It’s never too late to finish matric of improve your results, which could give you access to opportunities to further your studies.
This was the message at an event held on Sunday June 20, at which University of South Africa lecturer Doctor Koketso Rakhudu said the Department of Education had opened its doors to people who want to improve their matric results, whether they wrote matric recently or even decades ago.
He urged those gathered to register with the department using their matric registration numbers.
Dr Koketso Rakhudu Foundation, in conjunction with Doctor Thembisa Skaap and Old Apostolic Church under the deacon Mzoxolo Kunana will start a matric support programme to upskill those who want to finish it.
Dr Rakhudu said they wanted to offer a chance for people to be what they want to be irrespective of their ages.
“We have designed a programme that specifically speaks to their needs. Our main priority is the Grade 12s. We will only facilitate the programme and the department of education will do the marking. But people need to register with the department,” he told Vukani.
The move emerged as the church realised how some of its members and the community are struggling to make ends meet because of the lack of matric or poor results. “We want to start with the programme in early July or as much as we can. We want to fasttrack the programme so that people can gain enough information and knowledge,” he said
Ms Skaap said they were happy to have people like Dr Rakhudu come and upskill people of Cape Town. She said they had successful programmes together in the past.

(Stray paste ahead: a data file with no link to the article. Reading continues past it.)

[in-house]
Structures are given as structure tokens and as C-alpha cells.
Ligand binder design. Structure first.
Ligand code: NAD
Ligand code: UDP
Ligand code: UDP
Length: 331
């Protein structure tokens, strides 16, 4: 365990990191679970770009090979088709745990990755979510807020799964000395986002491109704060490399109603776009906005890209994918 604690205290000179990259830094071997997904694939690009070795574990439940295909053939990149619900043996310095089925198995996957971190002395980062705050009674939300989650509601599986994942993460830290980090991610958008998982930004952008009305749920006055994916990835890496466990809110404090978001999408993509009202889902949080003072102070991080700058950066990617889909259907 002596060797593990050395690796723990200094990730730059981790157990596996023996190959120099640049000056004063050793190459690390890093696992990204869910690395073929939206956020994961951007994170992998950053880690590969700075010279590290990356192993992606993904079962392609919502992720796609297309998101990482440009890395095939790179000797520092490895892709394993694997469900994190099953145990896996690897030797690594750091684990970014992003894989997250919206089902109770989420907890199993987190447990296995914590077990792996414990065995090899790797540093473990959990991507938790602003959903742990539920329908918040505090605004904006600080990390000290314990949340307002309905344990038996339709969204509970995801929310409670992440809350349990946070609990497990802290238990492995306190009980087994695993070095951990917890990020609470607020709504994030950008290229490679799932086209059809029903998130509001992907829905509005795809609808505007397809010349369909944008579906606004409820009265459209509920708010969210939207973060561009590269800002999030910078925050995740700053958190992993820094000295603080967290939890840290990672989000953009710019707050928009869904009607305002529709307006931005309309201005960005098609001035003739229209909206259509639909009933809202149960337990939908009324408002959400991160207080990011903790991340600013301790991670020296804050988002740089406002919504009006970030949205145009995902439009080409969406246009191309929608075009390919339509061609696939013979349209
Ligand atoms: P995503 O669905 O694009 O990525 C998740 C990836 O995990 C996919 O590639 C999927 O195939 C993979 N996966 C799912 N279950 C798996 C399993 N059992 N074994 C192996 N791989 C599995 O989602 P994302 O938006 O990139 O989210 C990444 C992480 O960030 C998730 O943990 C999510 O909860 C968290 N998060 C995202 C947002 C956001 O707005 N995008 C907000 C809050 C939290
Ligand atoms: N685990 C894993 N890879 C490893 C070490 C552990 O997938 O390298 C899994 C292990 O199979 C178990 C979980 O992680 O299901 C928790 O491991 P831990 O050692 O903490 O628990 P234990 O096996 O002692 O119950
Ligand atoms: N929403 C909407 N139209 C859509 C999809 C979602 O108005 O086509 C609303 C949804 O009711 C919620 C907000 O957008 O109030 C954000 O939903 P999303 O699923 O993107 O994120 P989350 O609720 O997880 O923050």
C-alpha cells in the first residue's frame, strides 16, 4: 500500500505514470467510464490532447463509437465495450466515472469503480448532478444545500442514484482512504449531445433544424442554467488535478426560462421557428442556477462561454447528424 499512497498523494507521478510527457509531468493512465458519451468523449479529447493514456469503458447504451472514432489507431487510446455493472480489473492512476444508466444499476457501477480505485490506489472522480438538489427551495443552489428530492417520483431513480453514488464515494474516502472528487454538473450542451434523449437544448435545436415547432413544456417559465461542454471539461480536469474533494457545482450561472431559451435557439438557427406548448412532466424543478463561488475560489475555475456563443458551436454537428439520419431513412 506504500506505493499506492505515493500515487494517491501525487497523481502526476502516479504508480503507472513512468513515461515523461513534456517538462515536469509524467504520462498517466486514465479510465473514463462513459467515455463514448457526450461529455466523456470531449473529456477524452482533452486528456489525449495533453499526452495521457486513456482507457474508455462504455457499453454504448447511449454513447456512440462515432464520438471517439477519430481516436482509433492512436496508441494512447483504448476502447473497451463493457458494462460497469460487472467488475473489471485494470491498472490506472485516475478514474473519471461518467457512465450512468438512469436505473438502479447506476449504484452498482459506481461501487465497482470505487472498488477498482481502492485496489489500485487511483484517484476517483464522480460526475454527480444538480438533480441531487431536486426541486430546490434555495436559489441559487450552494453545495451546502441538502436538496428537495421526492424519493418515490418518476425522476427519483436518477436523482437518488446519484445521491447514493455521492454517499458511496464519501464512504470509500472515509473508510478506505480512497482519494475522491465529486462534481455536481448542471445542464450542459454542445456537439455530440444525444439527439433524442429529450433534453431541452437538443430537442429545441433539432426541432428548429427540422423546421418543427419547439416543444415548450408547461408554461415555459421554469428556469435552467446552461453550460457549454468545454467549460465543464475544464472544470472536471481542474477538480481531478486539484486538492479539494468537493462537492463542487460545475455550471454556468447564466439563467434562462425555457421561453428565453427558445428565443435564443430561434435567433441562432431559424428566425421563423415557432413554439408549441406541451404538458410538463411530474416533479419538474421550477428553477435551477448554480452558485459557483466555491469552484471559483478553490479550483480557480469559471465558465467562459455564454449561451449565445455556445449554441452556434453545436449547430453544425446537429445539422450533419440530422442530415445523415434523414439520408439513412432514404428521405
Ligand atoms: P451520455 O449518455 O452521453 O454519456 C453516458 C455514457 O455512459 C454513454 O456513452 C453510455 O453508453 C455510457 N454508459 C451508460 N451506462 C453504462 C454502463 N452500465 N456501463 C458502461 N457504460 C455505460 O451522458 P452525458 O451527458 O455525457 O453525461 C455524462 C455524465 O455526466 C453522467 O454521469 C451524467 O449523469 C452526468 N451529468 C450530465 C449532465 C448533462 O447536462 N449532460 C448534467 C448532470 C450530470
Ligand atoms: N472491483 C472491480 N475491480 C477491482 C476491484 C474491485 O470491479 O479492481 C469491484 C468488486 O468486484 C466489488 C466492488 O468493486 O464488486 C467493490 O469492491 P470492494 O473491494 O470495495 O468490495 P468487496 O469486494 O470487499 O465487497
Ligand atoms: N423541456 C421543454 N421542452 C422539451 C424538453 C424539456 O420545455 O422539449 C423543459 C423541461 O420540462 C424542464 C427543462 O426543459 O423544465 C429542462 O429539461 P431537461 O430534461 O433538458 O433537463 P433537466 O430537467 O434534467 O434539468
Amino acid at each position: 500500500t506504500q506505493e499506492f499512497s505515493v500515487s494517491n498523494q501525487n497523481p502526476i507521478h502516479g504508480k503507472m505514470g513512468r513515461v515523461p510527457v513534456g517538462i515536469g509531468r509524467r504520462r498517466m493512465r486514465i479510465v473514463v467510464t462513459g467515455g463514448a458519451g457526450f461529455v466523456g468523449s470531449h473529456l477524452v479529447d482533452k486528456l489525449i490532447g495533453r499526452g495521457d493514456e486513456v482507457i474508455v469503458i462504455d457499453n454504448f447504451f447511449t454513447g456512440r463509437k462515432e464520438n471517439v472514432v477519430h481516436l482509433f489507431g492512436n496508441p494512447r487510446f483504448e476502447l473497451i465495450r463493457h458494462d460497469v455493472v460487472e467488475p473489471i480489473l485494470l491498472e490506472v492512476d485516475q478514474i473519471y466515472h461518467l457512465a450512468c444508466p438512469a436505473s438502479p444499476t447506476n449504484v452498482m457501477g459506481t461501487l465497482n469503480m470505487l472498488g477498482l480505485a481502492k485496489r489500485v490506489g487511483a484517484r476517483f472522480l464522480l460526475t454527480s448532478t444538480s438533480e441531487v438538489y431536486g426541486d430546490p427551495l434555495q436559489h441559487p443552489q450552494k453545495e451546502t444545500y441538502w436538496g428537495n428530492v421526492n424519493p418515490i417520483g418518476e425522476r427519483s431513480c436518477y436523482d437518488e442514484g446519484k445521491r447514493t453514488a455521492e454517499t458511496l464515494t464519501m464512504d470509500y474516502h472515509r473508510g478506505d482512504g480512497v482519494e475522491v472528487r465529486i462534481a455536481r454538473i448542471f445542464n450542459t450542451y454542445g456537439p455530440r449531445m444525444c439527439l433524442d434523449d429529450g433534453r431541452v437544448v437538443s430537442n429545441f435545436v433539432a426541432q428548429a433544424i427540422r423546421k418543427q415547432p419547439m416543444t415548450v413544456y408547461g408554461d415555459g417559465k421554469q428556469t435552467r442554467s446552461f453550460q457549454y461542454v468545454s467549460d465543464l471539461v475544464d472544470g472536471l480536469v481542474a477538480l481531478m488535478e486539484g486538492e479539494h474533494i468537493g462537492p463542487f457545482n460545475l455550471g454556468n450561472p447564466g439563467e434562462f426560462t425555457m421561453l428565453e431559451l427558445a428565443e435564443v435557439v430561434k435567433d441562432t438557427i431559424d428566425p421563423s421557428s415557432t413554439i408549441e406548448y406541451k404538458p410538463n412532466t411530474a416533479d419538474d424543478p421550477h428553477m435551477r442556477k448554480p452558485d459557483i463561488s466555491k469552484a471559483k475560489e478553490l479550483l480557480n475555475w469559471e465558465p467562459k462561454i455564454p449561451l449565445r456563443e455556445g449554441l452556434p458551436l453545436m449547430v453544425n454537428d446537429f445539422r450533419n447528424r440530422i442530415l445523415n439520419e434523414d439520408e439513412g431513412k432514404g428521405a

“We are aware that without matric, many doors remain closed. But should one have a matric, there is a light at the end of the tunnel,” she said.
Ms Skaap urged those present to spread the word about the programme. “Matric is a necessity these days. In fact, education is a necessity. There is nothing one can do without it,” she said.
Mr Kunana said the church was happy to be involved in the initiative because many of their congregants were disadvantaged in more ways than one.
“We felt it was not fair to look at the spiritual side only while people are suffering. We aim to develop our congregants and many other people in the area where we worship.
“Another notable thing was that, this time of the pandemic, technology is the most used tool. By giving people education, we are exposing them to such a world of technology so they can be relevant,” he said.
On the day interested members of the community lined up at the church to register for the programme.
According to the organisers, the first batch would become facilitators of the programme. After their three-week training, they will do a three-month course on leadership and conflict resolution.
Dr Skapp and the Dr Koketso Foundation have been training leaders from different spheres of life, lifeskills and leadership to achieve their independence. The duo said they have now agreed to help many community members to finish at least their matric.